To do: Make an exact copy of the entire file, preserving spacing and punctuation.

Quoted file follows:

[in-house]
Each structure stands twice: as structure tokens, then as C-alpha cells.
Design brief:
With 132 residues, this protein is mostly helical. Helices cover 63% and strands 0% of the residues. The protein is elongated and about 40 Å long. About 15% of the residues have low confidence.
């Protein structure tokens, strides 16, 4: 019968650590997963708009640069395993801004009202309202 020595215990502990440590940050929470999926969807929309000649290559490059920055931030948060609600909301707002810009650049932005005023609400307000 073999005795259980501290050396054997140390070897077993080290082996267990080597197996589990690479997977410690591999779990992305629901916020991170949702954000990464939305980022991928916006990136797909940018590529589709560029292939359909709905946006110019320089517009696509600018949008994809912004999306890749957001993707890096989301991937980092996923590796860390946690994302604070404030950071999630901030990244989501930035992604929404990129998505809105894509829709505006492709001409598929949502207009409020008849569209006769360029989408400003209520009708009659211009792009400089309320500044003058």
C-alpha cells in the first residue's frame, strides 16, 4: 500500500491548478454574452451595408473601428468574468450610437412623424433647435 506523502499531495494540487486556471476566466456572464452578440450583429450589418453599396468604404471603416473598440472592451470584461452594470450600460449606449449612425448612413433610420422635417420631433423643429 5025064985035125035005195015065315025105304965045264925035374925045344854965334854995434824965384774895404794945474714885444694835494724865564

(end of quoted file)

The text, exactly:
[in-house]
Each structure stands twice: as structure tokens, then as C-alpha cells.
Design brief:
With 132 residues, this protein is mostly helical. Helices cover 63% and strands 0% of the residues. The protein is elongated and about 40 Å long. About 15% of the residues have low confidence.
């Protein structure tokens, strides 16, 4: 019968650590997963708009640069395993801004009202309202 020595215990502990440590940050929470999926969807929309000649290559490059920055931030948060609600909301707002810009650049932005005023609400307000 073999005795259980501290050396054997140390070897077993080290082996267990080597197996589990690479997977410690591999779990992305629901916020991170949702954000990464939305980022991928916006990136797909940018590529589709560029292939359909709905946006110019320089517009696509600018949008994809912004999306890749957001993707890096989301991937980092996923590796860390946690994302604070404030950071999630901030990244989501930035992604929404990129998505809105894509829709505006492709001409598929949502207009409020008849569209006769360029989408400003209520009708009659211009792009400089309320500044003058």
C-alpha cells in the first residue's frame, strides 16, 4: 500500500491548478454574452451595408473601428468574468450610437412623424433647435 506523502499531495494540487486556471476566466456572464452578440450583429450589418453599396468604404471603416473598440472592451470584461452594470450600460449606449449612425448612413433610420422635417420631433423643429 5025064985035125035005195015065315025105304965045264925035374925045344854965334854995434824965384774895404794945474714885444694835494724865564